She would rather live life in a brash and carefree manner than call herself spiritual or noble. “I’m damned bad for a religious atmosphere. I’ve the wrong type of face.” (Hemingway, 56). She lived indecently, yet she was shameless, and took on multiple lovers without the feeling of remorse. In fact, while engaged to Mike, she had slept with Brett and Pedro, and had a desire to run away with Pedro, one of her countless lovers.
Martha the head of the school is determined to keep the other girls from the room where john receives care excluding Edwina, the only teacher in the boarding school. Edwina consequently getting her heart broke falls in love with John and presumed they would get married. Alicia a promiscuous student defies Martha 's rule of invading the room and has sexual relations with the soldier. Alicia’s morals are questioned , but are easily forgiven. The movie defines a new meaning to jealousy as the girls no longer are disgruntled with one another.
Manpreet Chera ENG 3U105 Mr. Anderson January 5th, 2015 The Handmaid’s Tale ISU Journal #3: Character Offred is the narrator and protagonist of The Handmaid’s Tale. Offred belongs to the class of Handmaids, fertile women forced to bear children for elite, barren couples. Handmaids show which Commander owns them by adopting their Commanders names, such as Fred, and preceding them with “Of.” Offred remembers her real name but never reveals it. Offred was once a librarian and she no longer has family or friends, though she has flashbacks to a time in which she had a daughter and a husband named Luke. Offred remembers her sadness, fear, and isolation as her rights were slowly taken away from her during the establishment of the Gileadean regime.
Nick and his commander share many differences between one another due to what their status are in the Republic Of Gilead. However the two still have similarities between one another which consists of both of their relationship with Offred and them both committing adultery with Offred in hopes to produce a child for the commander and his wife. The commander has one of the most highest positions in the Republic Of Gilead and is unable to produce a child with his wife Serena Joy due to her being sterile. The commander is then required to commit adultery with there handmaid Offred in hopes to produce a child through her. However Offred had no signs of becoming pregnant through the commander suggesting that the commander was possibly sterile himself the whole time.
The protagonist seems as if she is completely dominated by her husband and as if he has full control over her. Ibsen first presents Nora as a child that does not have any knowledge about the real world outside her house. However, we can admire certain signs of rebellion presented in Nora throughout the play, which helped the public predict the final outburst. These situations made by Nora include the eating of the macaroons, she getting a loan and, finally, the poor relationship with her children. The final rebellion at the end of act three was not an expected way of reacting of a woman against his husband.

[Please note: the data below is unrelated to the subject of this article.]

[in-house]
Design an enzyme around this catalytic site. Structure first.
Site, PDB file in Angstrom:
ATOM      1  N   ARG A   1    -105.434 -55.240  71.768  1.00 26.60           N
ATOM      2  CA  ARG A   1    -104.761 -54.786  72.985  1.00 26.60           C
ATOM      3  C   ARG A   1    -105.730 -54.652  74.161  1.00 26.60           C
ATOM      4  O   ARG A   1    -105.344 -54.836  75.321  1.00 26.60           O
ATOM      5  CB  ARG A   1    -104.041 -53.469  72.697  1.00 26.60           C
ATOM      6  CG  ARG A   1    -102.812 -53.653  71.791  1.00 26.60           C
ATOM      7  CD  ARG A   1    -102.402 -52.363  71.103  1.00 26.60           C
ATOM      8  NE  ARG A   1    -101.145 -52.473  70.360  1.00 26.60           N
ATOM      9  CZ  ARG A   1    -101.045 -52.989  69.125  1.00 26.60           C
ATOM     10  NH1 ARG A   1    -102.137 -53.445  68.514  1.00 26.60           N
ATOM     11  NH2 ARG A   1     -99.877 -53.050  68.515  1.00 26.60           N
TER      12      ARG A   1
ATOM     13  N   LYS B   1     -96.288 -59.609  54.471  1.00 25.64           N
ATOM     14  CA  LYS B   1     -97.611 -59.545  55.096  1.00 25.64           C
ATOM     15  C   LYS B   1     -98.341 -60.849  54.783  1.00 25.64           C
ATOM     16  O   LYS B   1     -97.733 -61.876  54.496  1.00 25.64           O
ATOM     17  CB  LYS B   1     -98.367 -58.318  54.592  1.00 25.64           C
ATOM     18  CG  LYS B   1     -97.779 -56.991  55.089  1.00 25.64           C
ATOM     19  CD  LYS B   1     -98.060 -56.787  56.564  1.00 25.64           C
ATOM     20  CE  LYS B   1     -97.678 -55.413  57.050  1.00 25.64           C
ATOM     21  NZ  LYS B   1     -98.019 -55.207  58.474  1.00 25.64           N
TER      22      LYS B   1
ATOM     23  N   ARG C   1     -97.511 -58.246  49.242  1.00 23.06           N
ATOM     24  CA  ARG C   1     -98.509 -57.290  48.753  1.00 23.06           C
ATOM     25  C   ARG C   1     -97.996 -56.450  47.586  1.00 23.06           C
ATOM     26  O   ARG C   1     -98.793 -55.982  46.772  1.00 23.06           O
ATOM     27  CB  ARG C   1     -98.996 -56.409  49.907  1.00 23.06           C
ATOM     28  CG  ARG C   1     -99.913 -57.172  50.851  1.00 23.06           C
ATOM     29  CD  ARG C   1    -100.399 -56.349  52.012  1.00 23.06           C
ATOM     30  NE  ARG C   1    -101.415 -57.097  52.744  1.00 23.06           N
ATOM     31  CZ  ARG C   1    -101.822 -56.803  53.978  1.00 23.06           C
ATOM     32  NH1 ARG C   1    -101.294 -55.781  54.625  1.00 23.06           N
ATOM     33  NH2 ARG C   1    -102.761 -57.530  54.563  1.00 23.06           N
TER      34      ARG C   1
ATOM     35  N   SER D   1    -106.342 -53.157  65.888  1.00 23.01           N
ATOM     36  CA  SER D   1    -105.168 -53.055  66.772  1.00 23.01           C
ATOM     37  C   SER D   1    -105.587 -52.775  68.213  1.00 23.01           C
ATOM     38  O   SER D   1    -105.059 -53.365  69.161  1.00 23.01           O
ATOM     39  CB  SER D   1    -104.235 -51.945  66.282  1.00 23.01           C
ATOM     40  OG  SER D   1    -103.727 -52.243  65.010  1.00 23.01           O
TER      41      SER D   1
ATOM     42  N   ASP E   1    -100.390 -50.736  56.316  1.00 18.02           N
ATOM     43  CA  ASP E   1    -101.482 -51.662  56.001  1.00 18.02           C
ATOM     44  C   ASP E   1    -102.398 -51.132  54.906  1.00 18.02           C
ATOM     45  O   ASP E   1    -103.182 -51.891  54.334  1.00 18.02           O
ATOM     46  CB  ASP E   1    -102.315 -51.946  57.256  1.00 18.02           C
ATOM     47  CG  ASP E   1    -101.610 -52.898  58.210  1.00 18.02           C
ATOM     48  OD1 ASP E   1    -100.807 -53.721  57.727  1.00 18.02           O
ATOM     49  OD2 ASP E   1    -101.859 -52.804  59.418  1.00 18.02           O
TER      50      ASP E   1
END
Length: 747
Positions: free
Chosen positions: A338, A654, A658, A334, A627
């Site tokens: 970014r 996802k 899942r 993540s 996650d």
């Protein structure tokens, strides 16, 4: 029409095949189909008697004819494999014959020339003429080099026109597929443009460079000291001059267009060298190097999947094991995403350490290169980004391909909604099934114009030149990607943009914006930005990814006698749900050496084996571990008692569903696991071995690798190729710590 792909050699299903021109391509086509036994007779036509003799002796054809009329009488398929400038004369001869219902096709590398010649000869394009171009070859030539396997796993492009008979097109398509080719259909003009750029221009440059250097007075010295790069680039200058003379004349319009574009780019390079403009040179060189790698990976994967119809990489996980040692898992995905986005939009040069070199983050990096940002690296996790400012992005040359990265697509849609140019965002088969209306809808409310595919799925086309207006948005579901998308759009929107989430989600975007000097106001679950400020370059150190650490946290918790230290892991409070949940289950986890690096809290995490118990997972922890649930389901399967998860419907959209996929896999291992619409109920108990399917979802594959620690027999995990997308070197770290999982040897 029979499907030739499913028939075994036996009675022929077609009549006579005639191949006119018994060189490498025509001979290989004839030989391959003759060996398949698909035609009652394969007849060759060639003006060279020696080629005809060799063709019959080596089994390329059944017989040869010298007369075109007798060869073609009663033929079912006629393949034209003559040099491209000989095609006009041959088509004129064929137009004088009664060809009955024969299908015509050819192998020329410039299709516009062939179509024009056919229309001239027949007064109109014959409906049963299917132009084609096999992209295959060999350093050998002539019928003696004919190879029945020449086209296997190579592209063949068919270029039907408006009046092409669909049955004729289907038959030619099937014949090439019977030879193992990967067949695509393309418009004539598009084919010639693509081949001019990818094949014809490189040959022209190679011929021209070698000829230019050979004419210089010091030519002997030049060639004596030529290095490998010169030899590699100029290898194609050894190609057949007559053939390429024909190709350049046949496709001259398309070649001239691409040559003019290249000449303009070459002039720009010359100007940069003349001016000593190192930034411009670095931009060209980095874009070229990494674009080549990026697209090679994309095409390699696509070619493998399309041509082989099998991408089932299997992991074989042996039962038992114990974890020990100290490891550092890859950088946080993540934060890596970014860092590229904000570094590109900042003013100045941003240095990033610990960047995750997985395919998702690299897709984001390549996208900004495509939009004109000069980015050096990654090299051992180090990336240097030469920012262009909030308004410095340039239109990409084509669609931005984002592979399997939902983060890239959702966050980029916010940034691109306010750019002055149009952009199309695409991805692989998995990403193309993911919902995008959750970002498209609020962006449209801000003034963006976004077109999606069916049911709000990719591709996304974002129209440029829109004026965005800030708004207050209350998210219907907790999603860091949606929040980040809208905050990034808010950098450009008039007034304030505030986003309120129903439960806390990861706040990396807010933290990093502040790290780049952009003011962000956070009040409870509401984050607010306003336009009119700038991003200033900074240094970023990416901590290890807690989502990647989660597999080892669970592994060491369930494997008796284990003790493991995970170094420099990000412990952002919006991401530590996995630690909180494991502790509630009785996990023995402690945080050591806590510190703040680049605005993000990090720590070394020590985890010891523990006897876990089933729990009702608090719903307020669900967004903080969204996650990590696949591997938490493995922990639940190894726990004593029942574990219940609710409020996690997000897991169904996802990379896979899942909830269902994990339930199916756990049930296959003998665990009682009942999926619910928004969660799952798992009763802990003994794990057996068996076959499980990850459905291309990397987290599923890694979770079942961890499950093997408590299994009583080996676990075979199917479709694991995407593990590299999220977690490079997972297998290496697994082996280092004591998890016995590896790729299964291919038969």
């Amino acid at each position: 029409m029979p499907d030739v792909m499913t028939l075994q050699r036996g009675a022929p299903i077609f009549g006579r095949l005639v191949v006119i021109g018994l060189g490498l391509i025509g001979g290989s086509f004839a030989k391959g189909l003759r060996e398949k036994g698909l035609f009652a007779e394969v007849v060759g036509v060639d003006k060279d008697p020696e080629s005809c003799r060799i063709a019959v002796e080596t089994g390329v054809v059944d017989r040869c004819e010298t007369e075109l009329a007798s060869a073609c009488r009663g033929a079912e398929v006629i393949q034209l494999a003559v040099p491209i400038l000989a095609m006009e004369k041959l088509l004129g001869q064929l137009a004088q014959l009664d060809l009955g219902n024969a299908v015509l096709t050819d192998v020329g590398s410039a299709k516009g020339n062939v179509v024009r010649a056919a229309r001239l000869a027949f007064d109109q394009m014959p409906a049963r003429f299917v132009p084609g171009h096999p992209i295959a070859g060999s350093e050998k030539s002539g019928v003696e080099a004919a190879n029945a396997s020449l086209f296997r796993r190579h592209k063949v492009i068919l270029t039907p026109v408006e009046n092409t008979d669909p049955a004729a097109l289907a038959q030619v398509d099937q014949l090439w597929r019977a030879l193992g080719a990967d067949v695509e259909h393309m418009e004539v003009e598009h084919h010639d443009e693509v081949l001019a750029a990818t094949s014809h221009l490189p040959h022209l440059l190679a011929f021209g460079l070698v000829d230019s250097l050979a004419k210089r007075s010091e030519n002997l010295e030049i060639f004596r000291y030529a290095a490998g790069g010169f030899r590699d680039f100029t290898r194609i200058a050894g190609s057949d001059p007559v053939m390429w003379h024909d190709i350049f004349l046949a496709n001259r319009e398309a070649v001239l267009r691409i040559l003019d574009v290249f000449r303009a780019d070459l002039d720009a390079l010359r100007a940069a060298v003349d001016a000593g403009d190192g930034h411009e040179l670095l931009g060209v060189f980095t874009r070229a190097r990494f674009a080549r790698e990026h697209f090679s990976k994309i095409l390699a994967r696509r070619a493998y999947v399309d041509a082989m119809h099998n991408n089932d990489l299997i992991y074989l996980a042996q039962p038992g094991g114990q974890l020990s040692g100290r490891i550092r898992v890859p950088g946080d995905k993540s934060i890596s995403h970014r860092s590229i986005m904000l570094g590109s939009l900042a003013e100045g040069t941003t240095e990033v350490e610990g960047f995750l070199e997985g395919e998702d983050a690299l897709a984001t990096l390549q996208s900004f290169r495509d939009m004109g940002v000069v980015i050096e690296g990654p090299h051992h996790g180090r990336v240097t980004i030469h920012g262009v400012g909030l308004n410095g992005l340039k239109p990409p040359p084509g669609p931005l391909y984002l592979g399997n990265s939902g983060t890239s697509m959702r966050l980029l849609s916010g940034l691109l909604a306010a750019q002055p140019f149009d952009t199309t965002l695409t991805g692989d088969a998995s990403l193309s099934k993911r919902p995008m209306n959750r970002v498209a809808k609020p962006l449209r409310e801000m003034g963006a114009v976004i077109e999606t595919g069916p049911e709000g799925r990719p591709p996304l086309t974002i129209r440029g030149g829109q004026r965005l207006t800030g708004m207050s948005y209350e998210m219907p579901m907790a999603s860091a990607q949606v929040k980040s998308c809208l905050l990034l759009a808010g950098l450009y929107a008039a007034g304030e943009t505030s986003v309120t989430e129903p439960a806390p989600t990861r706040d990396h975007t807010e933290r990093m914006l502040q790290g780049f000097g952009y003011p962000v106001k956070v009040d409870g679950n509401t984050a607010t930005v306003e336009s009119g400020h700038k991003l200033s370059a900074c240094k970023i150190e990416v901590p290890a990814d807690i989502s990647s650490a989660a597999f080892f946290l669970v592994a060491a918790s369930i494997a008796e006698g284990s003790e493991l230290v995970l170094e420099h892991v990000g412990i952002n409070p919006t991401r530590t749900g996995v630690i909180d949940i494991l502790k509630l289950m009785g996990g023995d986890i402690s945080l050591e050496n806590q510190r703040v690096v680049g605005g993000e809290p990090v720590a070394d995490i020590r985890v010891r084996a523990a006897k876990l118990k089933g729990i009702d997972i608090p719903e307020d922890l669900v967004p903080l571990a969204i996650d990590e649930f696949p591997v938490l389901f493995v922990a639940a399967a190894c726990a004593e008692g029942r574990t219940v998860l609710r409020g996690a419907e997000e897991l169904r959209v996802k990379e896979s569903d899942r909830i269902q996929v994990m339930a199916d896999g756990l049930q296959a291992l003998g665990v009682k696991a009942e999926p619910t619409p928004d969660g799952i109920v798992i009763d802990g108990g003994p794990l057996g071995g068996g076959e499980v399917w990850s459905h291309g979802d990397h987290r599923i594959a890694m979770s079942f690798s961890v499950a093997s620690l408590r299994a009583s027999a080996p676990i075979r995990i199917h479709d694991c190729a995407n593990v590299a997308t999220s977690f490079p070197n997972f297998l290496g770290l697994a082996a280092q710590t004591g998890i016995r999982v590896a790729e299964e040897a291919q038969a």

The Commander’s wife, Serena Joy, is shown to be living a horrible life, and we can see she despises Offred. In fact, through an act of desperation, Serena tells Offred, “ I was thinking of Nick” (Atwood 205). Serena previously had said that maybe the Commander couldn’t have kids. She then does something risky by suggesting Offred sleep with Nick, to see if she then gets pregnant. By Serena’s actions, we can tell she desperately wants a baby, so that way Offred can leave as soon as possible.
Serena Joy barely even leaves her house as a wife’s duty consists of staying home. She is a very unhappy character. Her life before this new government was a celebrity in television singing gospels and making speeches fighting for the life she has now which she hates. The only attention she receives is from when she fakes ill and all the other wives come visit and nurture her. However, if she were to get “pregnant” it will bless her ,the household,and wives will envy her.
Zenia, the femme fatale, psychologically controls everyone including her ex best friends and their spouse/boyfriend. She is simultaneously dominating her friends by being sexually engaged with their men, a treacherous form of manipulation. Critics have praised this work of modern literature who appeals to both acitivts and readers by informing them that “the feminism to be read in Atwood 's novels is not the feminism to be discovered in feminist textbooks." (Tolan 1). Even though Zenia is constantly being referred to as a sex symbol, she does not let herself be degraded, abused or exploited by anyone.
Through the novel, we can see how Gilead negatively affects the psychology and mentality of the handmaids that makes them to give up to the system and brain washes them. One example is Janine. She is rejecting her victimization and ignorant of her own victimization, Janine looks revolting, pathetic, and distressed. For example, Offered describes Janine as pitiful since she tries to fulfill Gilead’s roles. She describes her how she throws herself into the testifying and feels arrogance in describing her rape story and abortion; subsequently, feels guilty when she had done nothing wrong.
This does not include the fact that she lead Gatsby on throughout the whole entire book. Gatsby gained feelings for this women that only wanted to get revenge on her husband. This action by Daisy is disgusting in the way that Gatsby loved this women so much that he was willing to die for her but all Daisy wanted was revenge on Tom for what he had did to her. Leading someone on, especially to the extent that Daisy does is utterly disrespectful. Daisy knows how in love Gatsby was for her and yet claims that she is in love with Gatsby also but is using him to get back at Tom.